Steve Peacher: You know it's so hard to know what would happen in the markets, because I don't think you hit you hit one date. This notion of an X date. I think the Government has certain flexibility. But then but then all of a sudden people would get the sense that yeah certain bills aren't being paid. And it would depend, I think, on what, on how that rolled out in terms of what the market impacts were. Certainly, if the government wasn't meeting maturities on maturing treasury obligations that starts to have a lot of technical, you know, impacts. If the rating agencies further, you know, downgrade the U.S. that ripples through, you know, financial institutions that use ratings for capital requirements, it runs through asset management, contracts that have minimum rating requirements. It could run through money market funds and how those are Treasury money market funds, and how those are priced. Obviously, anyone counting on maturing treasuries that didn't mature but there are, but there are, there is flexibility the government has to actually meet maturing that. So you're just not sure exactly logistically how it would play out. But I think that would be key to how the markets react, and also if the market’s sense that this was a day or two and then it was gonna of light a fire and is going to get resolved that would be one thing, if the markets got the sense that oh, my gosh this was a big impasse, and it was gonna become a bigger and bigger problem, the opinions of the two sides ossified. Then you could have a real market meltdown. So it's so hard to predict.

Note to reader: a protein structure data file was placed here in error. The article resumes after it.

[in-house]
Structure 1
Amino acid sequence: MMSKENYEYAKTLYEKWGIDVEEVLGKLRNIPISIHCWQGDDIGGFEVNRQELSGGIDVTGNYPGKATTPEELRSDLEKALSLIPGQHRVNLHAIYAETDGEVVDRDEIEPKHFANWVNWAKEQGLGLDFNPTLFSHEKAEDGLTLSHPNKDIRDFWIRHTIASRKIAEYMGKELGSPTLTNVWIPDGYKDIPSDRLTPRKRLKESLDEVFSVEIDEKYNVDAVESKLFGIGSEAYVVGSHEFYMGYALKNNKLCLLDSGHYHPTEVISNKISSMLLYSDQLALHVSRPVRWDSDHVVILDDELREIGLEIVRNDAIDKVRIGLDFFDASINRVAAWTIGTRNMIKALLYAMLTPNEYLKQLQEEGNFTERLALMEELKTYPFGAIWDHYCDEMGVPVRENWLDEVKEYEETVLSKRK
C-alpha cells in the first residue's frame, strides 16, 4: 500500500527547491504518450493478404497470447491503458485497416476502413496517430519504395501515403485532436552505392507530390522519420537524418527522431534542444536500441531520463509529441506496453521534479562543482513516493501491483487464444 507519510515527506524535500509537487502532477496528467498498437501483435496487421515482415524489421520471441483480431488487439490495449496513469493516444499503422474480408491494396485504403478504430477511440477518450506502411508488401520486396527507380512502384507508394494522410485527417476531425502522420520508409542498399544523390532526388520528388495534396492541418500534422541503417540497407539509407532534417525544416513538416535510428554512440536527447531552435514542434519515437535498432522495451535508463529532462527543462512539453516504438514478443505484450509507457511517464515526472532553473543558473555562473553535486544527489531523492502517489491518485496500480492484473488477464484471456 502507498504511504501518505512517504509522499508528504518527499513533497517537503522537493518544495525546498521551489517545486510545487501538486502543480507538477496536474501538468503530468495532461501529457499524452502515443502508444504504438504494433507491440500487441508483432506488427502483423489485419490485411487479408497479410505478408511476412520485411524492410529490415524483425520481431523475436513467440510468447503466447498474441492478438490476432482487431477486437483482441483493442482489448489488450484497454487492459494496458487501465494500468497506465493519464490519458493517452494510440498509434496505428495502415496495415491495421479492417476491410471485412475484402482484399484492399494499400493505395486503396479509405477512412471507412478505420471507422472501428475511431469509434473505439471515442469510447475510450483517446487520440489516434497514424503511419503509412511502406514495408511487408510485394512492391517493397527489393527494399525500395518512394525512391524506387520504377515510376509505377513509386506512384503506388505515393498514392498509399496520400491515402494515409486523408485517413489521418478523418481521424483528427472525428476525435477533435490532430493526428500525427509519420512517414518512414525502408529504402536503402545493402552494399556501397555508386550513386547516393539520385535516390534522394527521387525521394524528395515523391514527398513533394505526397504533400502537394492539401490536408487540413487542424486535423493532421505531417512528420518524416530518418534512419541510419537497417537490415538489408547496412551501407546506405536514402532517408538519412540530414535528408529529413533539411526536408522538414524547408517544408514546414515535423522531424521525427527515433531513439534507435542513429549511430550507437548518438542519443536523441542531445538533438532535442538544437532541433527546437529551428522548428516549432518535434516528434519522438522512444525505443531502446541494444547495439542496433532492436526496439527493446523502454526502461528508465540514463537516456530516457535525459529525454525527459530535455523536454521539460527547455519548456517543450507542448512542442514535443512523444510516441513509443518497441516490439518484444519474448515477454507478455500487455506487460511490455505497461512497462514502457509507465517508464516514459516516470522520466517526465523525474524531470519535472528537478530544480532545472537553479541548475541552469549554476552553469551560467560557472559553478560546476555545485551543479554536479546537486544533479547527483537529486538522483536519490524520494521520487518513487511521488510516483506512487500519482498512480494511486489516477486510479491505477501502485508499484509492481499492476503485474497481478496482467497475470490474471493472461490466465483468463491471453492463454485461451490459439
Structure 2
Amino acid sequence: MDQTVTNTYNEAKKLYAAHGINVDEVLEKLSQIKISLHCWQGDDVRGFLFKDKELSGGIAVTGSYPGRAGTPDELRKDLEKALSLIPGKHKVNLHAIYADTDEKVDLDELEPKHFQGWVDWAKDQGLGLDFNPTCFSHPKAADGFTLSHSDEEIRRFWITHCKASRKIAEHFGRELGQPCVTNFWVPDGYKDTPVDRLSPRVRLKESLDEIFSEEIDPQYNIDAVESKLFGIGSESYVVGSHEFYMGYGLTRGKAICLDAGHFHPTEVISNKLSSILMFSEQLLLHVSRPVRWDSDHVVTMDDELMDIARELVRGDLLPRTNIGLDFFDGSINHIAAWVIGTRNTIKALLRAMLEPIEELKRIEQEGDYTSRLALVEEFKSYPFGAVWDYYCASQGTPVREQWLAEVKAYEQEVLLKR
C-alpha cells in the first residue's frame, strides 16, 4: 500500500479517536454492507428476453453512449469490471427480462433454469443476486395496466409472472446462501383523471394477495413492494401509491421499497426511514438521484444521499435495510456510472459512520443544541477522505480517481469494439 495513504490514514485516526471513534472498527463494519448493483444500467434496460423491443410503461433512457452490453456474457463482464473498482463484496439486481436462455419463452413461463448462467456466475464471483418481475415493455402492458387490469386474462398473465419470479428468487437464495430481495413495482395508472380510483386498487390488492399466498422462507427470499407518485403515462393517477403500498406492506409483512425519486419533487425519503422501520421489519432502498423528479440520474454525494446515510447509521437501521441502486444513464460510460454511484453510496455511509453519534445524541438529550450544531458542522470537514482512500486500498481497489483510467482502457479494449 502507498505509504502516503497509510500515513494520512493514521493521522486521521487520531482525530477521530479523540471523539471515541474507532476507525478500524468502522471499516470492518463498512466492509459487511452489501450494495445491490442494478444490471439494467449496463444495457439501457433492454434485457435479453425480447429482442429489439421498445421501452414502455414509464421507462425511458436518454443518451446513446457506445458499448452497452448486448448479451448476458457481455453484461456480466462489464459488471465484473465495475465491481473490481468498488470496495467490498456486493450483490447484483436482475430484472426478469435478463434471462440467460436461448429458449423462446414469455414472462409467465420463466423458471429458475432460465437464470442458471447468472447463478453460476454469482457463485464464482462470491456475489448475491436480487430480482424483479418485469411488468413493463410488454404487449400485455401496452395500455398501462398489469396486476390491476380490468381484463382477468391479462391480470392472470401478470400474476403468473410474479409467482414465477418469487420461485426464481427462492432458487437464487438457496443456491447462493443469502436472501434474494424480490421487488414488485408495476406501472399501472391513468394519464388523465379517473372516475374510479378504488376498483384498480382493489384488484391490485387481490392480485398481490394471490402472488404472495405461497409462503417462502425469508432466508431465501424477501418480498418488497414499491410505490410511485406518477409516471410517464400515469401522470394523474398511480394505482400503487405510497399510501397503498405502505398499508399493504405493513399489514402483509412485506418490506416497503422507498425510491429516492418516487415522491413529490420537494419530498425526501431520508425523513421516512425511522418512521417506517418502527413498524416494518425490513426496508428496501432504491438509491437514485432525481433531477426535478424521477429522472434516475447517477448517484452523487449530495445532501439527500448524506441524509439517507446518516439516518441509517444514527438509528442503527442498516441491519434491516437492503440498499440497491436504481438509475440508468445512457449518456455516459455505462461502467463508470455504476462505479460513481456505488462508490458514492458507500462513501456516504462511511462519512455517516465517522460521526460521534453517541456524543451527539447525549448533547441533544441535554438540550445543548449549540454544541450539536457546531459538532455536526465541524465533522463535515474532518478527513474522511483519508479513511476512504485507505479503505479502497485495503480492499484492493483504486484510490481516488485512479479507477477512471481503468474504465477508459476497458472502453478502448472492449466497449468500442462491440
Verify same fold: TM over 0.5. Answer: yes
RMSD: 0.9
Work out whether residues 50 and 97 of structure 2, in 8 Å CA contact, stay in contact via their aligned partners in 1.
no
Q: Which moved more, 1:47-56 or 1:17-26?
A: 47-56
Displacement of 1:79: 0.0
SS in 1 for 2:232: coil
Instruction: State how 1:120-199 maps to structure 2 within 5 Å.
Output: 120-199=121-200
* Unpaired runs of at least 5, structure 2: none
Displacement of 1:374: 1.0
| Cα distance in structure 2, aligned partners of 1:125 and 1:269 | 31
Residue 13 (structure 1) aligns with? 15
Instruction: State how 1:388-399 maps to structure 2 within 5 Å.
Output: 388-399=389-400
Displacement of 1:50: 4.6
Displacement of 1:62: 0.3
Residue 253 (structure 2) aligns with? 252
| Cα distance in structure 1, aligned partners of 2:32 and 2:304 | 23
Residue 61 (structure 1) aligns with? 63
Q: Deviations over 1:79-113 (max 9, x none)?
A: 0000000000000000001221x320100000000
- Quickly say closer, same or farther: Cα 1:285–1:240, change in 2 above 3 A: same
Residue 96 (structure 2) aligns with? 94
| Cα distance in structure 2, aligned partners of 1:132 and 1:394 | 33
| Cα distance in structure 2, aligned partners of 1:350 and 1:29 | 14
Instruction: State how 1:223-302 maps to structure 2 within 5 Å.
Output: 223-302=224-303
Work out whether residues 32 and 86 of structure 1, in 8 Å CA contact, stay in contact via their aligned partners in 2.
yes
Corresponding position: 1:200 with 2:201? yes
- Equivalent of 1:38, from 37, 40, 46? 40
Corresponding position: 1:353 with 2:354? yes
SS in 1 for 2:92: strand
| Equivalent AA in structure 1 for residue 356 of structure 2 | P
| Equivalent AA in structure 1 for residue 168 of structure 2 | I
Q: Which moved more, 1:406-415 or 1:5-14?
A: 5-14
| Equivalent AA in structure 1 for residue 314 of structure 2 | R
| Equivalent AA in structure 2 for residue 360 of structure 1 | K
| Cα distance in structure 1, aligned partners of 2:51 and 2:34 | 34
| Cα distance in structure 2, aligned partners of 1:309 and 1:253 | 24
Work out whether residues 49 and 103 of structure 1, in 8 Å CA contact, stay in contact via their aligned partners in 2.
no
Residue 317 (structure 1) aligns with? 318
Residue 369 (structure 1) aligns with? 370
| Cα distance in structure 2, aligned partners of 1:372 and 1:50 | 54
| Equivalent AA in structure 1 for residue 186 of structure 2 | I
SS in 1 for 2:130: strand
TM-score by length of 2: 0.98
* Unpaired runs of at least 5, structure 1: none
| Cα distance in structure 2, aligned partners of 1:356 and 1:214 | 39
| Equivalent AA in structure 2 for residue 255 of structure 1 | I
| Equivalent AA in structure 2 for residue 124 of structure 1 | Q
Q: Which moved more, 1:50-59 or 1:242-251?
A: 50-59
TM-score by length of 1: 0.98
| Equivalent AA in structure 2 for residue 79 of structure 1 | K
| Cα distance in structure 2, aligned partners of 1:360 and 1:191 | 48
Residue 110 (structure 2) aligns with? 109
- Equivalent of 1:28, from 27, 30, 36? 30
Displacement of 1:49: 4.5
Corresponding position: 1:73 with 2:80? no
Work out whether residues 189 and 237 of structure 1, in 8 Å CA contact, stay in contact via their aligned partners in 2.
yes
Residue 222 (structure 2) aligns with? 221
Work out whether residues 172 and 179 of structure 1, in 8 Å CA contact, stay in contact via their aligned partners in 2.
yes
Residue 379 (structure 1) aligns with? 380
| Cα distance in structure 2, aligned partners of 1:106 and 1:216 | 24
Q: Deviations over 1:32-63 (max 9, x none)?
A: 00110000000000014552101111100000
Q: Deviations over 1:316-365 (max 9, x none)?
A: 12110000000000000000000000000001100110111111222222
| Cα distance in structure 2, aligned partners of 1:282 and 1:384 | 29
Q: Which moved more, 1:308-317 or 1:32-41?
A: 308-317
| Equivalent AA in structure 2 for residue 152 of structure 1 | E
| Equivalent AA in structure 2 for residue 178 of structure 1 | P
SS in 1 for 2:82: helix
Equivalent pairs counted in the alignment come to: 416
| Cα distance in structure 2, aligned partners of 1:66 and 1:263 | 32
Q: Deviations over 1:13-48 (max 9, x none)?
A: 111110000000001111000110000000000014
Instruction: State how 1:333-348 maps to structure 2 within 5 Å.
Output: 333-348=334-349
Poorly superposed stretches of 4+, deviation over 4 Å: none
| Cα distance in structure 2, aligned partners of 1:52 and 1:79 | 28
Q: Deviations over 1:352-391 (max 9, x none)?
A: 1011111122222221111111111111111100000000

James Slotnick: Yeah, Steve, one thing and I forgot to mention this. But you make a good point. So one thing that Speaker McCarthy has to balance is, as we know, it took him a couple of votes to get the Speakership, and as part of those negotiations with his members he guaranteed that no legislation will be voted on until 72 hours after the text was released. So you know, because a lot of his members were complaining that over the last, you know, the former speakers that you know bills would come out would be thousands of pages, you have no time to read them. So to your point on knowing that there's a deal but maybe there's a delay or two, it feels like Speaker McCarthy is going to have to stick to that. So even if there's a deal, there's legislation, the House is gonna, unless he can get his members to agree, he said they'd give them 72 hours to read the bills before they're voted on. So that's you know. So that, if you think January or June 1st is going to be the date, you know you sort of need legislative text by then, and then, you know, the Senate can move much faster. But that's another wild card there. Does the house actually need 72 hours to review the legislative text.